What are the Fox News Power Rankings?

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You might have questions about the Fox News Power Rankings: what they are, how they’re calculated and what each ranking means. We’ve prepared a guide to take you through everything you want to know.

What are the Power Rankings and how is each rating useful?

The Fox News Power Rankings provide an insight into the competitiveness and outcome of key election races. Data and information about the race are compiled into a model, which produces an estimate of the outcome of the race. These estimates are then converted into a characterization of the race (e.g. a race where the Democrat is very likely to win is labeled “Solid D,” while a highly competitive race is labeled a “Toss Up”). As the election progresses, more data and information about races become available, so expect these rankings to change throughout the year.

Ratings provide a broad characterization of the race and should never be perceived as a guarantee of an outcome.

What do the categories mean?

There are seven Fox News Race Ratings this cycle:

 – Toss-Up: This race could go either way.

 – Lean D or Lean R: One party has a slight edge, but it remains highly competitive.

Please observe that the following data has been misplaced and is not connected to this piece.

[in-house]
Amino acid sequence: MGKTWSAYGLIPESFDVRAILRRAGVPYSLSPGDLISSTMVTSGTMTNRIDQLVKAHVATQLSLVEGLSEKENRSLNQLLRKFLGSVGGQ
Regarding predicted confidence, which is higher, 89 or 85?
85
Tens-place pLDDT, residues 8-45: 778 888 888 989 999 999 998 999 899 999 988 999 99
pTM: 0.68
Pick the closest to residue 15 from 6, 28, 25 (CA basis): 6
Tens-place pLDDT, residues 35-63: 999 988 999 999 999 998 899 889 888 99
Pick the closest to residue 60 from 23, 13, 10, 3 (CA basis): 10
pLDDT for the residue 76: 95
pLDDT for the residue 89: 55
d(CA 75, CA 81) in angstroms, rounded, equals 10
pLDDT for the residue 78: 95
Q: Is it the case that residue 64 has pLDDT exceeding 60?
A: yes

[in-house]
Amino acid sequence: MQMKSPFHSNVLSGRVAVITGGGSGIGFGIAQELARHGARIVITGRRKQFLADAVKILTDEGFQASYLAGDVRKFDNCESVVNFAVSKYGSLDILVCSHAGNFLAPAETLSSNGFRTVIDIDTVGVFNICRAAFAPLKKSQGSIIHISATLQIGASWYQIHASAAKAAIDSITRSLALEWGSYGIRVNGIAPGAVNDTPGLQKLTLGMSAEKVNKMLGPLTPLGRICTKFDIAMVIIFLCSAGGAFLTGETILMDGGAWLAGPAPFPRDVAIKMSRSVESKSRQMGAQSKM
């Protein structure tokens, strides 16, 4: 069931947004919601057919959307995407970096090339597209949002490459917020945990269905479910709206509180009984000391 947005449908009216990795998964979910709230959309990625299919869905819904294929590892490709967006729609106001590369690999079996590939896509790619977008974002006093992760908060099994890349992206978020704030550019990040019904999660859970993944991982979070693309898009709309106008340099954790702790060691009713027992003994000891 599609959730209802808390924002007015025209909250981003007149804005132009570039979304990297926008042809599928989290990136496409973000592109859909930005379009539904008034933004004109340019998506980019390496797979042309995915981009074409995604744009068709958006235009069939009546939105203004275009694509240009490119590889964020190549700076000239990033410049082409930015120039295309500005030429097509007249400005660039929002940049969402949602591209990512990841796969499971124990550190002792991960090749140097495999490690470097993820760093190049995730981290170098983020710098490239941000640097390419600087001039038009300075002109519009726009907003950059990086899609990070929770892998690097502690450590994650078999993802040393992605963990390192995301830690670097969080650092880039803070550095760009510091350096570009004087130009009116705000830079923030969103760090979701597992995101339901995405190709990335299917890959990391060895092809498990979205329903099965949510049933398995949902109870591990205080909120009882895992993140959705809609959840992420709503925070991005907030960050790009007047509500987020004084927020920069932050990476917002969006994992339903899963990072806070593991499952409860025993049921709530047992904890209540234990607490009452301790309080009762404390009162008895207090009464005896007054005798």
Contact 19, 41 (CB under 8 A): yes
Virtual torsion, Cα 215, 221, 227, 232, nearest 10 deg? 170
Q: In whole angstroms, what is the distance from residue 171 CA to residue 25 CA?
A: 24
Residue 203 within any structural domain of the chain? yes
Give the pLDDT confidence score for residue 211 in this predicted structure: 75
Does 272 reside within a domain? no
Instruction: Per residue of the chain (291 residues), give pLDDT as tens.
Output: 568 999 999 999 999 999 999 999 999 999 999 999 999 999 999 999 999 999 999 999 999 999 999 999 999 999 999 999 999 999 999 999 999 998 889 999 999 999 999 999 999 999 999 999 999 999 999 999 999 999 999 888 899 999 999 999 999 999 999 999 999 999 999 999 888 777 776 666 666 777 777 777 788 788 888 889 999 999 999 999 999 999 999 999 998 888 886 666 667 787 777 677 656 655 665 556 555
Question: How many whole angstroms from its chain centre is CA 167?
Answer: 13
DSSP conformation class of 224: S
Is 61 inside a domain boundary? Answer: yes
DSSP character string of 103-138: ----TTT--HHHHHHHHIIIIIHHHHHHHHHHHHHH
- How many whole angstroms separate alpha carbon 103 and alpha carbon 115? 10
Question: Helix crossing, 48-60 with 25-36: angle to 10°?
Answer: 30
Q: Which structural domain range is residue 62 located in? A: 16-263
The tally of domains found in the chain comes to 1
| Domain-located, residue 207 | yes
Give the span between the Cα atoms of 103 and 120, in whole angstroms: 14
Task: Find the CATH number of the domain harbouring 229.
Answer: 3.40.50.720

– Likely D or Likely R: One party has a clear edge, but it is still competitive.

 – Solid D or Solid R: This race is not competitive.

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What is the methodology?

Fox News uses a data-driven approach for the Power Rankings. The model is composed of several relevant data points, including historical results and polling averages, and also considers the impact of factors like fundraising and incumbency. These factors and others are weighed and discussed before making a decision. They are also subject to change regularly as new data and information about races become available.

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Where are House ratings?

Once a decade, most states engage in the redistricting process, which results in newly drawn House seats. Whether a race is competitive and what rating it is assigned is dependent on the boundaries of those districts and the candidates who choose to run in them (this is why the process is often so contentious). Thirty-two states have completed this process, but others are still months away from finalizing their new maps. Expect to see House rankings later this year.

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